UCLA researchers have found how blind people appear to fearlessly navigate busy sidewalks or roads with just a cane.
They have found that blindness causes structural changes that could help brain reorganize itself functionally in order to adapt to a loss in sensory input.
Lead researcher Natasha Lepore, a postgraduate researcher at UCLA's Laboratory of Neuro Imaging, has found that visual regions of the brain were smaller in volume in blind individuals than in sighted ones.
However, for non-visual areas, the trend was reversed - they grew larger in the blind.
This, the researchers say, suggests that the brains of blind individuals are compensating for the reduced volume in areas normally devoted to vision.
"This study shows the exceptional plasticity of the brain and its ability to reorganize itself after a major input - in this case, vision - is lost," said Lepore.
The expert added: "In other words, it appears the brain will attempt to compensate for the fact that a person can no longer see, and this is particularly true for those who are blind since early infancy, a developmental period in which the brain is much more plastic and modifiable than it is in adulthood."
During the study, researchers used an extremely sensitive type of brain imaging called tensor-based morphometry, which can detect very subtle changes in brain volume, to examine the brains of three different groups: those who lost their sight before the age of 5; those who lost their sight after 14; and a control group of sighted individuals.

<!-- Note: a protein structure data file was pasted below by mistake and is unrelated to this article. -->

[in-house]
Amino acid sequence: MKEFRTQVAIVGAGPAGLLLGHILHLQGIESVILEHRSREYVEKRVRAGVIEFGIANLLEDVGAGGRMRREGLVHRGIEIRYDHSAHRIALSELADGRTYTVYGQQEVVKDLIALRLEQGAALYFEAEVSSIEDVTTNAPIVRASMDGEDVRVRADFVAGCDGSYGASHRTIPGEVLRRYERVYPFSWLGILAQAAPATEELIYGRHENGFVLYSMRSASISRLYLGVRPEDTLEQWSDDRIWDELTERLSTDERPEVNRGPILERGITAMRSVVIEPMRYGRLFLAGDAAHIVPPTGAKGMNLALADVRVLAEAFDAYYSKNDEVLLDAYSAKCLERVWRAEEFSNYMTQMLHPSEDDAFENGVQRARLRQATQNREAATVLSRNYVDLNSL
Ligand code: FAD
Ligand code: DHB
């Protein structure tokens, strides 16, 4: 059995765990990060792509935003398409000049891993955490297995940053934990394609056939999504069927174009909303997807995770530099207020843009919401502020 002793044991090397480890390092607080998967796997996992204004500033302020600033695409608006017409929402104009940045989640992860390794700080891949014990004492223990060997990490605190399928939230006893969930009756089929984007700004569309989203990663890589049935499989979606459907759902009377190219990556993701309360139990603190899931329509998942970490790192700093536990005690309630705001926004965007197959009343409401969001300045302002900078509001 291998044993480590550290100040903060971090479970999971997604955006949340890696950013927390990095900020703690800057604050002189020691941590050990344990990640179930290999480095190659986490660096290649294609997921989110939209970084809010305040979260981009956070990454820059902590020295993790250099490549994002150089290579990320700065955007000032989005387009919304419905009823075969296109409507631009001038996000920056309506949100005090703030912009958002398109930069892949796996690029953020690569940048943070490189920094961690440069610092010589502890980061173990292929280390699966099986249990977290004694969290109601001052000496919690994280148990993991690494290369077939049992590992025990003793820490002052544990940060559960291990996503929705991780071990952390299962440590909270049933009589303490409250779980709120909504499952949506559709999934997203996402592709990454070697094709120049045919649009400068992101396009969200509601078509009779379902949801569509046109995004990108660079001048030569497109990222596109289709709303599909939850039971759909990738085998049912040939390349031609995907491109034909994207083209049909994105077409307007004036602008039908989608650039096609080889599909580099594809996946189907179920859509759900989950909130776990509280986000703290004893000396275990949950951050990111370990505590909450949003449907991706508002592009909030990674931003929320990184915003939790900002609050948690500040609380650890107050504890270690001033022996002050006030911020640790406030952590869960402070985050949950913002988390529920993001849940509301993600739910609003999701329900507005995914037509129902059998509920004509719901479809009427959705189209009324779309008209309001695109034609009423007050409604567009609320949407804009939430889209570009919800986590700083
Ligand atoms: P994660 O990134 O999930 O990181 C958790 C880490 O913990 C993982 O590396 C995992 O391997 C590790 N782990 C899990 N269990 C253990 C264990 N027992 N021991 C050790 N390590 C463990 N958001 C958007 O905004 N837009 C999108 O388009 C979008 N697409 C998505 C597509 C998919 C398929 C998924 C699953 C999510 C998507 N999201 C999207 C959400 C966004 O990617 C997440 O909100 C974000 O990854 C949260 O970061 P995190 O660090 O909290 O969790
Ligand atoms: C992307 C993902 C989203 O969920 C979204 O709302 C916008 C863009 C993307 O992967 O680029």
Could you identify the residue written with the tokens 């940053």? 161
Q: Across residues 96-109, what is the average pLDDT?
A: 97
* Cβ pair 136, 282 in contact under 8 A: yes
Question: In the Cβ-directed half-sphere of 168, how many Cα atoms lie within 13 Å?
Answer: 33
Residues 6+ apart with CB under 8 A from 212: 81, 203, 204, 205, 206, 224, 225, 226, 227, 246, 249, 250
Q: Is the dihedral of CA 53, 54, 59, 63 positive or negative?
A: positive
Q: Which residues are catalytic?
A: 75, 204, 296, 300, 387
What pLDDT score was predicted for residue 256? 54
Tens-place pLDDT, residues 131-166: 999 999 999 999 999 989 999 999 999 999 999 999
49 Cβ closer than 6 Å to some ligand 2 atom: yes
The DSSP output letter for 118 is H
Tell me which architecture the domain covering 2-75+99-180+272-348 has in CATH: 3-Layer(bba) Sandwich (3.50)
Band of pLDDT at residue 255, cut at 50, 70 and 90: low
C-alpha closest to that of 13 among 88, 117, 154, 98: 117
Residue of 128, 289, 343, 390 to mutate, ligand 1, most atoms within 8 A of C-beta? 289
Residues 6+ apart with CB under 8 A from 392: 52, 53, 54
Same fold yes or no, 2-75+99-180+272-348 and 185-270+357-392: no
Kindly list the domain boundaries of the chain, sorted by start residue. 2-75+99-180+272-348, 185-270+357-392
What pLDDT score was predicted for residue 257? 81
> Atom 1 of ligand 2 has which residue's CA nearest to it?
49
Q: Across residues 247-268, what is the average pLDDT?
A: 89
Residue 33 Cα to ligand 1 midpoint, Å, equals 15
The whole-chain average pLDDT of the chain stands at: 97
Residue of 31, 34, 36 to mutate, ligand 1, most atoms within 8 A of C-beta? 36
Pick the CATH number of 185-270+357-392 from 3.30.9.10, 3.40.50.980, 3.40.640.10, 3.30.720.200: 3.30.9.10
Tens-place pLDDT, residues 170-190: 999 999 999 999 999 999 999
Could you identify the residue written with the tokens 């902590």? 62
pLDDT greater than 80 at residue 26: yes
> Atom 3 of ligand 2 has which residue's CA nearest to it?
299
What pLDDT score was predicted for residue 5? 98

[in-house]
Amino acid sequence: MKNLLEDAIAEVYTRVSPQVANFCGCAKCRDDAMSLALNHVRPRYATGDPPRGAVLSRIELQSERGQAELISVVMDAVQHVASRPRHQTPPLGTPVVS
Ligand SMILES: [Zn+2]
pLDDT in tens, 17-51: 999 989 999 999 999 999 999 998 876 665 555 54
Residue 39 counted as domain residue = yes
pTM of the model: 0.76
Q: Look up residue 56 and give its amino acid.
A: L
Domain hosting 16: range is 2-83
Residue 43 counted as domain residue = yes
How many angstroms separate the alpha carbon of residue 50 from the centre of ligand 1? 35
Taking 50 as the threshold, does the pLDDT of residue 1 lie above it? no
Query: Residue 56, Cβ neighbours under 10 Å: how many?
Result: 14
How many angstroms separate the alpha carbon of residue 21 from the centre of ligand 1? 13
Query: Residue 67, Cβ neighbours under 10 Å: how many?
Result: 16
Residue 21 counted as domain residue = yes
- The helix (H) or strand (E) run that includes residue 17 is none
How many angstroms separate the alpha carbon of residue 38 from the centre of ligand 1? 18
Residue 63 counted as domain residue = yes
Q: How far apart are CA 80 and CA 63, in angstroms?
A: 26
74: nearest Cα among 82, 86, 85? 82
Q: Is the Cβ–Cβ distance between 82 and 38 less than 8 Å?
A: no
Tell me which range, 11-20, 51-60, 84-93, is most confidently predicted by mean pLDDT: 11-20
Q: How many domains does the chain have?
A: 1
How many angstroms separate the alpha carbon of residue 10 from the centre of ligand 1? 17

The analysis revealed that loss and gain of brain matter depended heavily on when the blindness occurred.
Only the early-blind group differed significantly from the control group in an area of the brain's corpus callosum that aids in the transmission of visual information between the two hemispheres of the brain.
The researchers suggest this may be because of the reduced amount of myelination in the absence of visual input.
Myelin, the fatty sheaf that surrounds nerves and allows for fast communication, develops rapidly in the very young. When the onset of blindness occurs in adolescence or later, the growth of myelin is already relatively complete, so the structure of the corpus callosum may not be strongly influenced by the loss of visual input.
In both blind groups, however, the researchers found significant enlargement in areas of the brain not responsible for vision.
For example, the frontal lobes, which are involved with, among other things, working memory, were found to be abnormally enlarged, perhaps offering an anatomical foundation for some of blind individuals' enhanced skills.
The study appears online in journal NeuroImage.